Susan N:

NES: Super Mario Bros 3

Okay. Super Mario 3 was a staple game for my brother and I. We spent so much time playing this game, and we did try to teach our mom but that just led to laughter and tears. Mom is not great at platforming even though she was a GOD at Loderunner which required some good reaction time. Anyways, this is my favorite in the series because each world had a different theme, the levels were challenging, and it was always fun. I loved the giant level because it was a small change but made a huge impression. I also loved the ice land levels with the cute white pac-man looking snappers. They killed you if you touched them but they looked adorable. Besides, who doesn’t love melting ice with FIREBALLS! Anyways, my brother and I played it so much that I have a permanent memory of certain cheat codes with the Game Genie. NXKXGLIE. WHY DO I REMEMBER THIS?! And if I recall correctly, that code was for permanent flying Mario. *looks this up* YEP. I told you. PERMENANTLY ENGRAINED.

Runner Up: The Legend of Zelda

The only runner up for the NES is the original The Legend of Zelda. There are many reasons for this. One IT’S FREAKING ZELDA. Two, it was a cool RPG that I don’t think I ever finished - despite my best efforts. Three, I played Zelda when I first started playing Dungeons & Dragons. On the surface that isn’t important. What is important is the fact that we didn’t have the booklet, so mom graciously sat with us to MAP OUT THE WHOLE THING so that we would stop getting lost. Even more important than that, I cleverly used that map to try and ‘create’ a D&D game. I didn’t exactly have faith in my skills as an artist, but Zelda was the video game that inspired me to try things that were strange. Who remembers the first time they accidentally put down a bomb and it revealed a secret passage? This game marked the beginning of RPGs, and that makes it right up there on my favorite list.

N64: Ocarina of Time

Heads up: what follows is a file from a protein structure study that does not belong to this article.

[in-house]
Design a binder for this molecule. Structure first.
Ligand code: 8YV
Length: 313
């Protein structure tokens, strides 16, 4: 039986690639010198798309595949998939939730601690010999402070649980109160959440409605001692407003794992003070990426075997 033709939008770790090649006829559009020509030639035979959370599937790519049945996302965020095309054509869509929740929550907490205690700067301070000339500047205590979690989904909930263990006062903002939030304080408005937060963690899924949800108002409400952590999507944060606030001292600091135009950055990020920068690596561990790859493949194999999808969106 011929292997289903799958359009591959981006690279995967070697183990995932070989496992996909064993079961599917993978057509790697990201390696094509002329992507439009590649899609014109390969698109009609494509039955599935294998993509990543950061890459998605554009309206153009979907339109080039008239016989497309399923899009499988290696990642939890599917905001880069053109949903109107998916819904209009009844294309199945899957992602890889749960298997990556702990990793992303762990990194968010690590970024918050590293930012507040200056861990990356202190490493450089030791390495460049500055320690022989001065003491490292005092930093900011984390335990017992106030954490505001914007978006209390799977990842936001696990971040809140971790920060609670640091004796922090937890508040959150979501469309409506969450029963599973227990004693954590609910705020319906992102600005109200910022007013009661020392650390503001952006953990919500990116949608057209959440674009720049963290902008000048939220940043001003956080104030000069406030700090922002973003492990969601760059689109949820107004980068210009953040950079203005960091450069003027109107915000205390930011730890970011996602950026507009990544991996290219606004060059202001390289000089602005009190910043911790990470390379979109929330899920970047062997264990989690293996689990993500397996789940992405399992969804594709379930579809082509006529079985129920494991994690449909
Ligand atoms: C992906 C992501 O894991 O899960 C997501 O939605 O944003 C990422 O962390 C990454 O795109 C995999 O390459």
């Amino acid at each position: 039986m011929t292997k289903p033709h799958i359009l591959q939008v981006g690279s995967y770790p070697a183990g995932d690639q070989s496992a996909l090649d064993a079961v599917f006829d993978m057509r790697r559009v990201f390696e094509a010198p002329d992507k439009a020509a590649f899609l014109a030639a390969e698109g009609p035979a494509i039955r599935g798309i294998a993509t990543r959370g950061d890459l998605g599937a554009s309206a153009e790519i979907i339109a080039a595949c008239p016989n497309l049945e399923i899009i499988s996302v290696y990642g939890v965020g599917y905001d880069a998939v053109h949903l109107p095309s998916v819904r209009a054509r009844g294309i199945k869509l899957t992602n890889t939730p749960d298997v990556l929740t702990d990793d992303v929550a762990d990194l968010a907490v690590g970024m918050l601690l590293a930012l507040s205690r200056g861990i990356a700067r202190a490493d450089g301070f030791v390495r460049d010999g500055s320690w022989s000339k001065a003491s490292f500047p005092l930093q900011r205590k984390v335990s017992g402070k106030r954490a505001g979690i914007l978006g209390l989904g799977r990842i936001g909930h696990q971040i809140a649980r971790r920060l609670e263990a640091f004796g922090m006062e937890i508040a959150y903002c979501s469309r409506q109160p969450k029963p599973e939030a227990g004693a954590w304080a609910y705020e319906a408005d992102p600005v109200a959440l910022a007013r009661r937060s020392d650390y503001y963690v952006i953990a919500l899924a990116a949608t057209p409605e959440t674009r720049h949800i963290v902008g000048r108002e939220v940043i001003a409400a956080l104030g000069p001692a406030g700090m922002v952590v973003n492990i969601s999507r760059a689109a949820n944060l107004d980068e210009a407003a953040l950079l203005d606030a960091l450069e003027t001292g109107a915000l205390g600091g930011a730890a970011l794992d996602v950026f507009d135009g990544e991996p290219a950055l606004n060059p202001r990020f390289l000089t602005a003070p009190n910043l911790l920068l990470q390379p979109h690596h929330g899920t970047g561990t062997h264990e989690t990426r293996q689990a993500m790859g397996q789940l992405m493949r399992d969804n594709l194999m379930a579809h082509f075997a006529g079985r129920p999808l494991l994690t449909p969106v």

What a surprise. Another Zelda game! Except that this game was a bit of a departure from the other two I had played before it (The Legend of Zelda and the TERRIBLE Zelda II which can die in a fire. SO. MUCH. RAGE.) Ocarina of Time was one of the first 3D games. I was used to playing 2D side-scrolling or top down views. I also played text based games because I had dabbled in some computer programming. As this was the first 3D game I really played, it took some getting used to. Plus, there were all kinds of puzzles to solve, creatures to fight, and tunes that would get stuck in your head. In case you want to know, the one I’m referring to is Saria’s Song. This Zelda and the first one are my all time favorites for good reason.

Runner Up: F-Zero X

I had very few games on the N64, but I can’t let one of them slide by so easily without mention. Aside from Ocarina and Super Smash Bros, my friends and I spent COUNTLESS HOURS playing F-Zero X. This racing game was just the right amount of chaos and fun. You could choose a random mode where the game would generate a track. On one day, the game generated a nasty half-pipe track that I died on repeatedly. We had found out that if you hit restart just before everyone reaches the finish line (or before the timer runs out), you could keep repeating that track. My friends became SO GOOD at this one track, that it was insane. It became a competition between the two gents. And I, being ‘dead’, had the opportunity to play the slot machine. For those unaware, the slot machine in F-Zero X had the images of the other players on the track. If you matched the image on all three cards, the game would take away that players HEALTH BAR. So while the two gents kept trying to knock each other off the half pipe, I got to make their lives hell. At one point, I became so good at the slots that they BANNED ME from doing it. Party poopers…